"According to Dr. Rath" reminded me of Linus Pauling and Matthias Rath's unified theory.
Matthias Rath (born 1955 in Stuttgart, Germany) is a controversial doctor, businessman, and vitamin salesman.
Linus Pauling (February 28, 1901 – August 19, 1994) was one of the most influential chemists in history and ranks among the most important scientists of the 20th century and has won two Nobel prizes.
Linus Pauling and Matthias Rath alerted the world to the cause of heart disease in 1989: a chronic, sub-clinical vitamin C deficiency. They said it was due to a missing liver enzyme caused by the ancient GULO genetic defect in primate DNA.
Linus Pauling's said from his last interview:
I think we can get almost complete control of cardiovascular disease,
heart attacks and strokes by the proper use of (vitamin C and lysine)
... even cure it.
On his death bed, former Congressman Berkelly Bedell responded to Pauling's therapy for heart disease with a letter claiming:
You have at least put my mind at ease, and I believe possibly saved my
Accoding to the Official Pauling Therapy Web Site PaulingTherapy.com, the Pauling/Rath Unified Theory Paper paper was first accepted by the Proceedings of the National Academy of Sciences USA, but then rejected and not published.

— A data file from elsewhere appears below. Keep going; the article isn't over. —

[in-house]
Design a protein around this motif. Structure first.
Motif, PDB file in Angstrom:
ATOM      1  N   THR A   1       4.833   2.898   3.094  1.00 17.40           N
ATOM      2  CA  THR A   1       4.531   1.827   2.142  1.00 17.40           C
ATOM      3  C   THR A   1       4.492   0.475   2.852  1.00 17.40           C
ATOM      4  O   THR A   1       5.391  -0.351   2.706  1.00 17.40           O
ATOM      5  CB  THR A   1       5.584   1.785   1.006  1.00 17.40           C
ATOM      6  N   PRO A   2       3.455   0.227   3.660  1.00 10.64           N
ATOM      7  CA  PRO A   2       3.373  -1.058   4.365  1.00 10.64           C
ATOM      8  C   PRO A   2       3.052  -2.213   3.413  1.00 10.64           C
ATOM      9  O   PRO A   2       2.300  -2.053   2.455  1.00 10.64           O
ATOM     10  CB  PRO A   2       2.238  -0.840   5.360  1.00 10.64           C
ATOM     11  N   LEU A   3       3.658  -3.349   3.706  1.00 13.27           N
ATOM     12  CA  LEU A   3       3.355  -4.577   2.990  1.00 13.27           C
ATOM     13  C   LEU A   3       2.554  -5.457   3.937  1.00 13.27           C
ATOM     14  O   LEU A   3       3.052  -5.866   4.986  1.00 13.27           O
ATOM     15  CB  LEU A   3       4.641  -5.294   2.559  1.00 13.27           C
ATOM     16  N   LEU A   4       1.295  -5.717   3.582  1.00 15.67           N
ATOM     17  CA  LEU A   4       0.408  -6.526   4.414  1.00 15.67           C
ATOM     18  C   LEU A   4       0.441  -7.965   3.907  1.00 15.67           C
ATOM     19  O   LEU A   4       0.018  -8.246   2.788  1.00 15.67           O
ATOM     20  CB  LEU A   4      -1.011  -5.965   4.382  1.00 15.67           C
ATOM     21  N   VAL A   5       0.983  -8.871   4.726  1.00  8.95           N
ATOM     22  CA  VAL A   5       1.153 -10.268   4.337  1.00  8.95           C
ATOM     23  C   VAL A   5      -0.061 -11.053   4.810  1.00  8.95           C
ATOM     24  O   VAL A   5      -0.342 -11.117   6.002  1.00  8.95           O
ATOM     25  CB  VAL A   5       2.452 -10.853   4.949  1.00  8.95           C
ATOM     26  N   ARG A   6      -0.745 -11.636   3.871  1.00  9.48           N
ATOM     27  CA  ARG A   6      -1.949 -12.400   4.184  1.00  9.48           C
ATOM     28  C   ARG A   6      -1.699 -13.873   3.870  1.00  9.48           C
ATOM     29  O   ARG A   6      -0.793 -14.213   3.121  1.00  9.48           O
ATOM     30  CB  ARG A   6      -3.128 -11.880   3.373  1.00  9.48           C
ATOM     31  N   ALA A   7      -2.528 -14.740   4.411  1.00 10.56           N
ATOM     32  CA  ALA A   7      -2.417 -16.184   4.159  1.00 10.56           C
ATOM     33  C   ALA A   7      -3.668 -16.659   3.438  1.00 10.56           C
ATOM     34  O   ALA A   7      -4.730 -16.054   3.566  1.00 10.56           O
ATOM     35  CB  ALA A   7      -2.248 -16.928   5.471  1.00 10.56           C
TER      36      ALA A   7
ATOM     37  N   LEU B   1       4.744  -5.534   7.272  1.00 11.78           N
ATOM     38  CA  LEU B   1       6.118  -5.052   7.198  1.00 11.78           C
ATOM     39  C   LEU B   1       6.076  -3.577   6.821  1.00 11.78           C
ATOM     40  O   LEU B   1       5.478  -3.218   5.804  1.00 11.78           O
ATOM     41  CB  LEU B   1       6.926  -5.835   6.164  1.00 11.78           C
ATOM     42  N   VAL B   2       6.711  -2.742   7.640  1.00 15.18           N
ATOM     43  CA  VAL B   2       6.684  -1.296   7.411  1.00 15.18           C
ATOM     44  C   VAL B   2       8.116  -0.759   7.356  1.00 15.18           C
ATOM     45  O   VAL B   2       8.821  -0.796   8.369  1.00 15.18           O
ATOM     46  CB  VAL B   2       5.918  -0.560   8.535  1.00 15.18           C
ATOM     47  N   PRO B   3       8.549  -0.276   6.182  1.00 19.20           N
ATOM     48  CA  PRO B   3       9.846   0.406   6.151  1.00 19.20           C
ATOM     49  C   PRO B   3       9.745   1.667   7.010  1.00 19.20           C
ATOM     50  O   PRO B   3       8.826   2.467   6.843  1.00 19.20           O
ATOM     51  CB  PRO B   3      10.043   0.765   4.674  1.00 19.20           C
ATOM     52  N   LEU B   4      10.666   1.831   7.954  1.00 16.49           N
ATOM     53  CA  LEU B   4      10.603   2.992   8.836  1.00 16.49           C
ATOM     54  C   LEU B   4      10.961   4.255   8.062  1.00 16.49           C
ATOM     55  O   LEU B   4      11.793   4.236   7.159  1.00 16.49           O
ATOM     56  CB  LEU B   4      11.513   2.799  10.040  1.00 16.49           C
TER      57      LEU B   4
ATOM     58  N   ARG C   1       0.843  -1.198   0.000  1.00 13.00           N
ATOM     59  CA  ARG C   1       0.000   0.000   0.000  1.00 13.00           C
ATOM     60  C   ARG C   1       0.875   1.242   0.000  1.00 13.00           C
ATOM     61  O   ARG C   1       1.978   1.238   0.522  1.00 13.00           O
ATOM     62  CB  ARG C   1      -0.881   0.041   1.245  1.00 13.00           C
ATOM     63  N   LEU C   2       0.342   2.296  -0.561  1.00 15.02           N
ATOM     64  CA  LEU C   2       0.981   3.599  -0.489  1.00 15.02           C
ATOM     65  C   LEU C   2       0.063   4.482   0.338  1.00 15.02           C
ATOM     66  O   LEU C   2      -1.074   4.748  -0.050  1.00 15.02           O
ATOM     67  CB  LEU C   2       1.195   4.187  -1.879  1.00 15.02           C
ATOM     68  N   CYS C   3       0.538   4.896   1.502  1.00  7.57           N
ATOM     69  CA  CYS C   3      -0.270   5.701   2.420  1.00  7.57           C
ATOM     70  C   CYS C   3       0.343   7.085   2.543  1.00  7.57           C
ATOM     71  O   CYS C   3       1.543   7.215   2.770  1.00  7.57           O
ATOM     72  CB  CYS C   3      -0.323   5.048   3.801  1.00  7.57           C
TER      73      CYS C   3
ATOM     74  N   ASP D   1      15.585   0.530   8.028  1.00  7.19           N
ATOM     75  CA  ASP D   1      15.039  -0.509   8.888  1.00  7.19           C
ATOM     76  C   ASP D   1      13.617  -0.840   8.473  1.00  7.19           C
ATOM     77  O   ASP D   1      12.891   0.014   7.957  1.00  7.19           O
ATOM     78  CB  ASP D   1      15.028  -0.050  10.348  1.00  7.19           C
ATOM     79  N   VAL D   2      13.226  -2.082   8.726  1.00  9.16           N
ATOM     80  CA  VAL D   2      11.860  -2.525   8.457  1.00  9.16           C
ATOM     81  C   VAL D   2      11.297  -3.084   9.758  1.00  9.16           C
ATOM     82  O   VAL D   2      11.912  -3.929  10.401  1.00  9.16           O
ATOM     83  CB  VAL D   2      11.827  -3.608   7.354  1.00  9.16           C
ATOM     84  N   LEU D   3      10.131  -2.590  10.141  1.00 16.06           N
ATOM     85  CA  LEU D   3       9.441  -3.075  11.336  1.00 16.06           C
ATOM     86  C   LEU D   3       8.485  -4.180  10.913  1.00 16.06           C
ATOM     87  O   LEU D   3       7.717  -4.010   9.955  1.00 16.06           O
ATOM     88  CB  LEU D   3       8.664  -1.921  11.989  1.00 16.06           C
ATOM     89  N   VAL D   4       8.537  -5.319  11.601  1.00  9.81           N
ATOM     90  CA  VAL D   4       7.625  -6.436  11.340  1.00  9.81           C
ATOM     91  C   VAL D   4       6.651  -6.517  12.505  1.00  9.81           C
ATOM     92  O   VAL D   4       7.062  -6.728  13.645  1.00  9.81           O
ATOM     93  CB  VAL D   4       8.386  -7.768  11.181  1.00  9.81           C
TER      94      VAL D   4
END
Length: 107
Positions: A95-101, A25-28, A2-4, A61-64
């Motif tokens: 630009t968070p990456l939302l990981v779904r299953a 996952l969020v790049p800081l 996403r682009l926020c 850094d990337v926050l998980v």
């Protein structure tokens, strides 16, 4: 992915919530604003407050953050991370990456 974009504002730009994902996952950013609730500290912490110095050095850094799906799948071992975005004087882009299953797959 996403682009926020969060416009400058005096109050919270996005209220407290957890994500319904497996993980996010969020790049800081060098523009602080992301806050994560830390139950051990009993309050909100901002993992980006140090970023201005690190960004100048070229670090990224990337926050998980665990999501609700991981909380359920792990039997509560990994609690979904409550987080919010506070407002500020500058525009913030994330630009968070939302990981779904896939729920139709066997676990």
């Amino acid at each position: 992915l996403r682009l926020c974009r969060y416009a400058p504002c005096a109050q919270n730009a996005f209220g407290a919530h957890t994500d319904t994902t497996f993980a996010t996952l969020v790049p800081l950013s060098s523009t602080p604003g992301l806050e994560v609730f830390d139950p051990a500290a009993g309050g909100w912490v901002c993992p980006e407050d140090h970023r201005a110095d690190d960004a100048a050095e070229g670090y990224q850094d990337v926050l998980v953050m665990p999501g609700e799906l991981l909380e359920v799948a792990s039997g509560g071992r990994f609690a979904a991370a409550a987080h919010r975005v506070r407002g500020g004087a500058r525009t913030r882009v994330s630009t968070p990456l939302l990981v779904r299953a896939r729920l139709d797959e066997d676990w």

Owen Fonorow, co-founder of the Vitamin C Foundation, said
People have a right to be skeptical. Scams abound and people don't know what to believe and often rely on their doctors. Most highly educated people think it impossible that heart disease could be caused by a vitamin deficiency, and the entire medical profession and pharmaceutical industry somehow missed it. However, the idea that a lack of vitamin C causes heart disease is not new. For some reason the early work, and the later Pauling/Rath theory and experiments, are ignored by medical science. We are thankful that Linus Pauling decided to film a lecture making these ideas available on video.
Many sites like paulingtherapy.com, claim also that the main reason that this important discovery has been ignored is economic.
While increased dietary Vitamin C could help reduce heart disease, stroke and cancer; their hypothesis is not scientifically verified.
The Vitamin C Foundation concluded,
Neither the FDA nor the Medical Profession accept the proposition put
forth by Pauling, Rath, Levy and others that the root cause of
cardiovascular disease is an acute vitamin C deficiency at the site of
the arterial lesion.